Out Take: Tom Salta

Composer

Web: tomsalta.com

Contact: Greg O’Connor-Read, greg@topdollarpr.com

Most Recent: Deathloop

Tom Salta never imagined he’d be a video game composer, but it’s what ultimately made the most sense. He started out in the ’90s touring with other musicians, including with Bobby Brown as a keyboard tech and sound designer, and working in studios with dreams of becoming a record producer. But with the advent of music piracy and the end of an era for the music industry at large, in 2003 Salta decided to figure out how to meld his decades-long love of gaming with his musical chops. 

“After a sobering trip to L.A. for E3 [a trade event for the gaming industry], I got the crazy idea that my best chance of being noticed was to go through music licensing channels, rather than trying to ‘break in’ as a composer,” Salta says. “So, I came up with a moniker for my artist persona, “Atlas Plug” and created an entire album on my own of big beat electronica that would be perfectly suited for licensing in games, television and film. I connected with a publisher who pitched the album, and before I even finished, Microsoft heard it and wanted to license four songs in a new game called Rallisport Challenge 2.”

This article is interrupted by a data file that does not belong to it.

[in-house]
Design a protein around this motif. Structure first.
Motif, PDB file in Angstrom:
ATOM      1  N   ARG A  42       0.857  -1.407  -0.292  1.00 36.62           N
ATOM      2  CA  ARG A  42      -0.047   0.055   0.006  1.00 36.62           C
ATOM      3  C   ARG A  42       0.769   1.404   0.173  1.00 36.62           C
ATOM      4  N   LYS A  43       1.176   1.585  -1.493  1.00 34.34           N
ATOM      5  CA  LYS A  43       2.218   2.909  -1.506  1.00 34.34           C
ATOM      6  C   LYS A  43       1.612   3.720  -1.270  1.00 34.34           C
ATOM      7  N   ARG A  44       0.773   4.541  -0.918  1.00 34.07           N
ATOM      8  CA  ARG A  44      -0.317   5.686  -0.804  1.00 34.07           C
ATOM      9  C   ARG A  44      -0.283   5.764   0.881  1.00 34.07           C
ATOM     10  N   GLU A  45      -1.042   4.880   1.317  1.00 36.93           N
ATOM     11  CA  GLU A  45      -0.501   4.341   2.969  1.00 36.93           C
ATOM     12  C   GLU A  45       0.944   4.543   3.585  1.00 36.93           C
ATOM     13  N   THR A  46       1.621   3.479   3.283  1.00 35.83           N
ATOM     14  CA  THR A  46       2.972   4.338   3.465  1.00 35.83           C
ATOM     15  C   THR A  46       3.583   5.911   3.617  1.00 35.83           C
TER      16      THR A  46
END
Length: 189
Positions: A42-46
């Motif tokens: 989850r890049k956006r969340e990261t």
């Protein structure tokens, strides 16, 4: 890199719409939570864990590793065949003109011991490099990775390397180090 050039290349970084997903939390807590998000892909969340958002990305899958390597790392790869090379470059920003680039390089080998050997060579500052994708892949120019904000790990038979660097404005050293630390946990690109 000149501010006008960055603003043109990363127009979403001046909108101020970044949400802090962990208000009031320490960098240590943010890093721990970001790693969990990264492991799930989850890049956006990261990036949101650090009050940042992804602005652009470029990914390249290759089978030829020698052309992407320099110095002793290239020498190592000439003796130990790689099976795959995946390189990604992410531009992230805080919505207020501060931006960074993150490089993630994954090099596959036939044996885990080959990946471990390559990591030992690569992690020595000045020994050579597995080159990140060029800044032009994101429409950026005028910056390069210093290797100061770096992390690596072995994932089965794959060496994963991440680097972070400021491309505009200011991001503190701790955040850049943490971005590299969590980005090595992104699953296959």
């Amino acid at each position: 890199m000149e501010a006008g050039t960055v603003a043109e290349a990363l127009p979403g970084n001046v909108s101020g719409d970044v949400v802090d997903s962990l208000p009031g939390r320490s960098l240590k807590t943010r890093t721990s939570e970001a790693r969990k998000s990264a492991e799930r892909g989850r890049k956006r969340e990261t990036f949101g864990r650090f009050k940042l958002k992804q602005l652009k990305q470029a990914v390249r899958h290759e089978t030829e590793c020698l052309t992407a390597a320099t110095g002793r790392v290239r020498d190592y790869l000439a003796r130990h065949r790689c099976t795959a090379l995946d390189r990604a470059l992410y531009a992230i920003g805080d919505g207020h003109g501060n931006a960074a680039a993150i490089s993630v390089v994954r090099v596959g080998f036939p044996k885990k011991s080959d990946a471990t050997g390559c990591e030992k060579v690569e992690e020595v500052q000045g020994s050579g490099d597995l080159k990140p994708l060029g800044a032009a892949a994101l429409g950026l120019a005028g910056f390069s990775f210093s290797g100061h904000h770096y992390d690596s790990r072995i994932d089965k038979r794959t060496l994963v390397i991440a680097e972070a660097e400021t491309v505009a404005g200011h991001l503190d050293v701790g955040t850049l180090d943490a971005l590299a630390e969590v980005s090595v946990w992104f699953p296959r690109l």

Salta’s time spent working in the studio on music of all genres contributed to his musical versatility as a game composer, but the major difference—and challenge—of composing for games is that the music follows a non-linear path, and is heard in a different way each time the game is played. “Game composers also have to consider ‘the loop.’ A gamer might listen to the same music for 50-plus hours, so you need to make sure that the music strikes the right balance of being engaging and immersive, but also very dynamic and repeatable. Having lots of variety in the music helps quite a bit,” Salta says.  

But the key to composing for games, and the most difficult aspect for creators of any kind, Salta says, is that it’s a team sport. “It’s all about the game, not your music. It can especially be a difficult transition for musicians or artists who have always had the final say in their creative efforts.”